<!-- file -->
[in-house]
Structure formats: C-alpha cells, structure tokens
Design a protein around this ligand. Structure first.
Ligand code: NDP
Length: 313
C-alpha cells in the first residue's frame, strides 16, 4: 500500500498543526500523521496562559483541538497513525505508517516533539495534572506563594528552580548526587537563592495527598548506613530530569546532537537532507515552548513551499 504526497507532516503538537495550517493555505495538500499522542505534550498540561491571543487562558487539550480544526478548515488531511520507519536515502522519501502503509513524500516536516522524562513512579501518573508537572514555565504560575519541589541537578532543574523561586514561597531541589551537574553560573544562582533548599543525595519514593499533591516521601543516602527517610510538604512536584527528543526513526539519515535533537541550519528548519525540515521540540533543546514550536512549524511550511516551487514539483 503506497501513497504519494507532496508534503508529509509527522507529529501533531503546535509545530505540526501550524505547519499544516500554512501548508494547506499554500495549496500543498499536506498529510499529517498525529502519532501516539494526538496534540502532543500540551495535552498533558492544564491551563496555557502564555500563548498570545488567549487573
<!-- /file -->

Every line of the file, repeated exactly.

[in-house]
Structure formats: C-alpha cells, structure tokens
Design a protein around this ligand. Structure first.
Ligand code: NDP
Length: 313
C-alpha cells in the first residue's frame, strides 16, 4: 500500500498543526500523521496562559483541538497513525505508517516533539495534572506563594528552580548526587537563592495527598548506613530530569546532537537532507515552548513551499 504526497507532516503538537495550517493555505495538500499522542505534550498540561491571543487562558487539550480544526478548515488531511520507519536515502522519501502503509513524500516536516522524562513512579501518573508537572514555565504560575519541589541537578532543574523561586514561597531541589551537574553560573544562582533548599543525595519514593499533591516521601543516602527517610510538604512536584527528543526513526539519515535533537541550519528548519525540515521540540533543546514550536512549524511550511516551487514539483 503506497501513497504519494507532496508534503508529509509527522507529529501533531503546535509545530505540526501550524505547519499544516500554512501548508494547506499554500495549496500543498499536506498529510499529517498525529502519532501516539494526538496534540502532543500540551495535552498533558492544564491551563496555557502564555500563548498570545488567549487573